To this organic process I add geometry, acoustics and ergonomics. The form I settle on for my main piece could be described as a double octahedron, on a scale slightly larger than the human body. Based on the inherent rigidity of triangular forms, it contrasts with the organic forms of the driftwood. Strength in natural forms rarely comes from triangles, but they important in many of my sculptures, both aesthetically and structurally. They expose the elements of human analysis and rationality that are always present alongside, or indeed as part of, nature. The motivation behind my double octahedron is to make a form that is easily entered by my own body (or yours) and allows the free vibration of some of the larger pieces of driftwood that I have collected and then selected for their clear sound. That’s why I say ergonomics and acoustics.

I drift again. I enter the two circles of hanging wood that my structure suspends. I push my shoulder against them and listen to their deep sounds which resound close to my ear. Then I push with my elbow, my hip, my knee - which is close to the bottom of the longer pieces. Then I close my eyes and - carefully, so as not to hurt myself - push my head against the wood. Something resounds in my stomach. Or is it my intestine? I’m not sure, but these vibrations of wood seem much deeper when in direct contact with my body. They touch me in some unknown place. This, more than anything, is the resonance that I want to share with others…

But how? This thought gives me the first impulse to start thinking about the performance that I am going to make with my installation as part of the Envie Rhônements Festival at the end of July. I decide that this will make a really good end for my performance. I will enter the sculpture and make it sound with every part of my body. Come close to it physically, close my eyes and lose myself in its sound. The audience will hear the sounds, which will not be as rich as what I hear, but they will see that I am having a strongly sensual experience and will be curious. Afterwards, some of them will explore this experience themselves by entering the sculpture like me and in that way will feel the resonance with their bodies.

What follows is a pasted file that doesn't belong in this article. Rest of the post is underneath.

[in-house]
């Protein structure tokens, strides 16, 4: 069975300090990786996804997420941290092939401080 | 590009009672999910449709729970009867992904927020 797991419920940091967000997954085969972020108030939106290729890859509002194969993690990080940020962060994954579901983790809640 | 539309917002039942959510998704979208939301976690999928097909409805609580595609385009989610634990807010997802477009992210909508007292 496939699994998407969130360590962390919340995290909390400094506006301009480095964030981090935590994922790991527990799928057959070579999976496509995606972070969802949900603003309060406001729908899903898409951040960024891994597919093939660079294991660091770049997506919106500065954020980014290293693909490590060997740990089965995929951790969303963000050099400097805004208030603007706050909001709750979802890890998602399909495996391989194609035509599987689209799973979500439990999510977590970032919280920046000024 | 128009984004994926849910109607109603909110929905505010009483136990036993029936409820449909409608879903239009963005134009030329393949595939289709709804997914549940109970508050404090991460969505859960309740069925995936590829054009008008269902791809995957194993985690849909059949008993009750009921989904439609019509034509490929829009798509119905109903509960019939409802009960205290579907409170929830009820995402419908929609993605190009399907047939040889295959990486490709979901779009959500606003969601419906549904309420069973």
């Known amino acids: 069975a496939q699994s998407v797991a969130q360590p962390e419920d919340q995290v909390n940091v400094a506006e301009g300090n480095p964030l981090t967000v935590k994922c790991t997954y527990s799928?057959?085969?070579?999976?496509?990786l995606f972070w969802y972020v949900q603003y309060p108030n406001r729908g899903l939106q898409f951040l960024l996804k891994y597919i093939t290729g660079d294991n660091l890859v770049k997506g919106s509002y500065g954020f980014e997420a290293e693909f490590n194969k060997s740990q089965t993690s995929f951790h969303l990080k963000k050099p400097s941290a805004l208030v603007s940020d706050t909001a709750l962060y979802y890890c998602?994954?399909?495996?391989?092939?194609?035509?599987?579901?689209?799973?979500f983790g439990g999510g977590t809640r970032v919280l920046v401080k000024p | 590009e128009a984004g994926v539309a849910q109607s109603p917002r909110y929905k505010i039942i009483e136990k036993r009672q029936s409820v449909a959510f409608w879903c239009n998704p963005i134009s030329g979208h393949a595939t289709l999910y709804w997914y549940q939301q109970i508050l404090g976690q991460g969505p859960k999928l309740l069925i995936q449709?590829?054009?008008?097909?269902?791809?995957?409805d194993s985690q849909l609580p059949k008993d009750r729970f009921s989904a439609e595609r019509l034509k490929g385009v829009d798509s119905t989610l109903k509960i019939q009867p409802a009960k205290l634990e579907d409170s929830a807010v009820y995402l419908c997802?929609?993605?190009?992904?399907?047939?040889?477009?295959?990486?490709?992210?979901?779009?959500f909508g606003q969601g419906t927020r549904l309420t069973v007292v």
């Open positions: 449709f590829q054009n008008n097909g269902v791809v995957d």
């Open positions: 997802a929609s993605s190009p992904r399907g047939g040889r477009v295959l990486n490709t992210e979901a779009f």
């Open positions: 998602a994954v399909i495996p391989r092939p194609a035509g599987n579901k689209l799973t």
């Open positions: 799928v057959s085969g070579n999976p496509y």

Meanwhile, one of the school groups have installed their own sound sculptures in another clearing not far from mine. Their works are quite similar to mine because we are working with the same materials and the same constraints, but they have come up with some different ideas too. What pleases me most is that they have really taken on the concept of working with the place and they have all incorporated trees and bushes in to their structures that make the overall installation unique and site specific. Cécile is helping one group tie their strings on and prop the piece against a tree. This is the third session with this group and I have even learnt a few of the names… Once installed each group explores the sounds of their sculpture in improvisation. Then we all come together playing simple musical games standing in a circle with hand held pieces of driftwood.

Then more drifting. I find a large curved piece of driftwood that fits comfortably on my shoulder. I tie ten smaller pieces to it with strings just long enough for the wood to touch the ground. I am pleasantly surprised to discover that I can walk with it on my shoulder without holding it. But its weight and momentum suggest a slow walk with a particular rhythm almost like a truncated gallop. Then I find that by bending forward slightly and bowing my head I can turn my body in such a way that the ensemble transfers to my other shoulder. In this way the structure is reversed so that the sticks that were behind me are now in front. Another element that can be developed for my performance. I give it a provisional title Soft Shoulder, and gradually discover other ways of playing it including bending my knees and making the wood tap on the ground or scrape across flat stones.